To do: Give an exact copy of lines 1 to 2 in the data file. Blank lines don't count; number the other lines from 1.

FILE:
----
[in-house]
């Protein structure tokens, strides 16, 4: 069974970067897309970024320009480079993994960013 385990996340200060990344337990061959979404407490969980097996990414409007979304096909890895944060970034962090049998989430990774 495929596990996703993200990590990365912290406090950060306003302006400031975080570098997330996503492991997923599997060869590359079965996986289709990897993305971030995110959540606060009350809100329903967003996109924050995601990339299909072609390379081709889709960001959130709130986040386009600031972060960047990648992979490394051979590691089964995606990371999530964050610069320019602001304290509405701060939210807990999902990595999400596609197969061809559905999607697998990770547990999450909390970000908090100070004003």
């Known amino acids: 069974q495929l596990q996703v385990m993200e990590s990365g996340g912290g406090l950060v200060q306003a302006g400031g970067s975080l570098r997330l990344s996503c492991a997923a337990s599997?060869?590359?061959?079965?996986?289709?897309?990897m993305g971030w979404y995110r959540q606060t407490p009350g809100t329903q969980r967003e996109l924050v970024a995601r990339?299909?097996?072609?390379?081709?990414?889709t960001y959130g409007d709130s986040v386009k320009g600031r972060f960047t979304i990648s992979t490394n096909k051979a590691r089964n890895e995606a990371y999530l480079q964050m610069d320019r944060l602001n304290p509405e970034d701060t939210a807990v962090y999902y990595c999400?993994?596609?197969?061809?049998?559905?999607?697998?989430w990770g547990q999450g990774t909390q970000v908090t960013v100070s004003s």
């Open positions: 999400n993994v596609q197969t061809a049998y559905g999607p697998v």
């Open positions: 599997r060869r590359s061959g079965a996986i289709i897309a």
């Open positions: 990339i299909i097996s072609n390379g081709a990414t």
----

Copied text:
[in-house]
């Protein structure tokens, strides 16, 4: 069974970067897309970024320009480079993994960013 385990996340200060990344337990061959979404407490969980097996990414409007979304096909890895944060970034962090049998989430990774 495929596990996703993200990590990365912290406090950060306003302006400031975080570098997330996503492991997923599997060869590359079965996986289709990897993305971030995110959540606060009350809100329903967003996109924050995601990339299909072609390379081709889709960001959130709130986040386009600031972060960047990648992979490394051979590691089964995606990371999530964050610069320019602001304290509405701060939210807990999902990595999400596609197969061809559905999607697998990770547990999450909390970000908090100070004003």